An administrative practice of systematically refusing to grant that supplement equally to fathers and thus disregarding the inferences to be drawn from the judgment in 2019, in which the Court of Justice declared the grant of that supplement solely to mothers as discriminatory, makes those fathers subject to twofold discrimination
By judgment of 12 December 2019, the Court of Justice of the European Union declared that the pension supplement granted in Spain only to mothers in receipt of a permanent disability pension and who have two or more children (biological or adopted), to the exclusion of fathers in a comparable situation, constitutes direct discrimination on grounds of sex, contrary to the Equal Treatment Directive.
On the basis of that judgment, a father of two children applied to the Spanish social security authorities in November 2020 for recognition of his entitlement to the supplement to the absolute permanent incapacity benefit which he had been receiving since November 2018. Faced with the refusal of his application, he went to court. In a first judgment, his entitlement to the disputed pension supplement was recognised, but his parallel claim for compensation was rejected. Both the father and the Spanish authorities have appealed against that judgment before the Tribunal Superior de Justicia de Galicia (High Court of Justice of Galicia).
The latter court wonders whether a practice consisting of systematically refusing – pending the adaptation of the discriminatory Spanish legislation to the judgment of the Court of Justice of 12 December 2019 – the disputed pension supplement to men, which obliges them to claim it through the courts, is to be regarded as discrimination distinct from the discrimination found in that judgment of the Court of Justice. It also has doubts, in the event of a finding of an infringement of EU law, as to whether and to what extent additional compensation may be awarded to the father.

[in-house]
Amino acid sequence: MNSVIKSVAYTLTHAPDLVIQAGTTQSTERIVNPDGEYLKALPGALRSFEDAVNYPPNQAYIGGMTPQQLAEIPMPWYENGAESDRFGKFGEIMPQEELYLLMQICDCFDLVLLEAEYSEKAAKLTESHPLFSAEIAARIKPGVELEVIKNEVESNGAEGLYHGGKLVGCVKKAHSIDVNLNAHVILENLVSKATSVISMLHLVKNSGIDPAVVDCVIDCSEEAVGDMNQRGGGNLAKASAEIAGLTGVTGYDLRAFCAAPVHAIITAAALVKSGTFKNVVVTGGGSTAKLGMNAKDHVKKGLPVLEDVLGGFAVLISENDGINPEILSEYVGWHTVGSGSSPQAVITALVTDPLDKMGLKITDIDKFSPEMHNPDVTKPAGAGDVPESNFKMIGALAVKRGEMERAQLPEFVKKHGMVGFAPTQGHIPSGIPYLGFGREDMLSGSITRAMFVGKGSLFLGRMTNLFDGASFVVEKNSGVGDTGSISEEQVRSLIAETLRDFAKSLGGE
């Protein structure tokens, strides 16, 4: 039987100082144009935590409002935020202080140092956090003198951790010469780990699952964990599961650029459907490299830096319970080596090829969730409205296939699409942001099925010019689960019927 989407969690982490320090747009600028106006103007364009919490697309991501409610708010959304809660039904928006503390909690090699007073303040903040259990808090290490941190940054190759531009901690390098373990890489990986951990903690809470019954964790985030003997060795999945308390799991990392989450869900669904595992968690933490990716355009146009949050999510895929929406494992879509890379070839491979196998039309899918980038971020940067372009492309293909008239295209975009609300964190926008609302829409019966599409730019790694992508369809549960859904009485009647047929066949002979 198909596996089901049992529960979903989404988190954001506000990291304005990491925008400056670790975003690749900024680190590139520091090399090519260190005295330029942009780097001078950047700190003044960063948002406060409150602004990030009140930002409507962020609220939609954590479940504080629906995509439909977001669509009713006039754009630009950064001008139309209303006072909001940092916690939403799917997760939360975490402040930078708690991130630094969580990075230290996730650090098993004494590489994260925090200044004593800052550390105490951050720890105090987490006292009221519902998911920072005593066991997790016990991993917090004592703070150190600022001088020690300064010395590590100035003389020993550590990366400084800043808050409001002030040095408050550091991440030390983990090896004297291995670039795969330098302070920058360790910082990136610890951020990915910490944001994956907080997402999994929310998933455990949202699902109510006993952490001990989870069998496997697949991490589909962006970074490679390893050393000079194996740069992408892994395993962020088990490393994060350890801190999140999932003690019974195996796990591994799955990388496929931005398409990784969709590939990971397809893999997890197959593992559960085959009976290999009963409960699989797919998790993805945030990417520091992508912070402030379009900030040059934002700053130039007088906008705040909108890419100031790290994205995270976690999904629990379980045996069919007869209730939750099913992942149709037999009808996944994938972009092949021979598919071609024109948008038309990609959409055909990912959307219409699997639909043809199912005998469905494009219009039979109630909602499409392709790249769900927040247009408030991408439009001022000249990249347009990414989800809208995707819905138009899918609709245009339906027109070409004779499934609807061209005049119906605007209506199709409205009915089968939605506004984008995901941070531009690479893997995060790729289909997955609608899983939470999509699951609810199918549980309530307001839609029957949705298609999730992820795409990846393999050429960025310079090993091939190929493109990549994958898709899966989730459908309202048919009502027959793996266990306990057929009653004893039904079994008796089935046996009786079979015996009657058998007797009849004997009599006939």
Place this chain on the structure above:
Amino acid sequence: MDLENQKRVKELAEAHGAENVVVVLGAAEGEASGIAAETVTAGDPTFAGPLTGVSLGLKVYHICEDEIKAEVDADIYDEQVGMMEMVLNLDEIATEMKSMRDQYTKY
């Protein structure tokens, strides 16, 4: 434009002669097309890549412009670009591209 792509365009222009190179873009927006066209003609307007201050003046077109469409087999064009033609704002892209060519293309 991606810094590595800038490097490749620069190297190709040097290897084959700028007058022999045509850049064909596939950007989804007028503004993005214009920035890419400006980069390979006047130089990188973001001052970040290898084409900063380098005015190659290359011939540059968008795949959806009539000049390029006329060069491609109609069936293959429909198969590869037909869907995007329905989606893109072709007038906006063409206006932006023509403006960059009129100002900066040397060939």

In its judgment delivered today, the Court begins by recalling that, once discrimination contrary to EU law has been found to exist, and until such time as measures restoring equal treatment have been adopted, national courts and national administrative authorities must disapply any discriminatory national provision without waiting for it to be repealed by the legislature. They must therefore apply to members of the disadvantaged group – in this case, fathers – the same regime as that enjoyed by persons in the other category – in this case, mothers.
Next, the Court considers that the decision of refusal, adopted pursuant to that administrative practice, gives rise, in addition to the discrimination referred to in the judgment of 12 December 2019, to further discrimination against male members, since only men have to assert their right to the disputed pension supplement in judicial proceedings, which exposes them, in particular, to a longer period in which to obtain it and, where appropriate, to additional costs.
Consequently, the national court hearing an action brought against such a refusal cannot simply grant the male member concerned the right to the disputed pension supplement with retroactive effect. That would not remedy the damage resulting from the new discrimination. Consequently, the male member must also be awarded appropriate financial compensation to compensate him in full for the loss actually suffered as a result of the discrimination. Such compensation should take into account the costs incurred by the male member, including legal fees and cost.
PRESS RELEASE No 141/23
Luxembourg, 14 September 2023
Judgment of the Court in Case C-113/22 | TGSS (Refusal of the maternity supplement)
Source: Press release – CURIA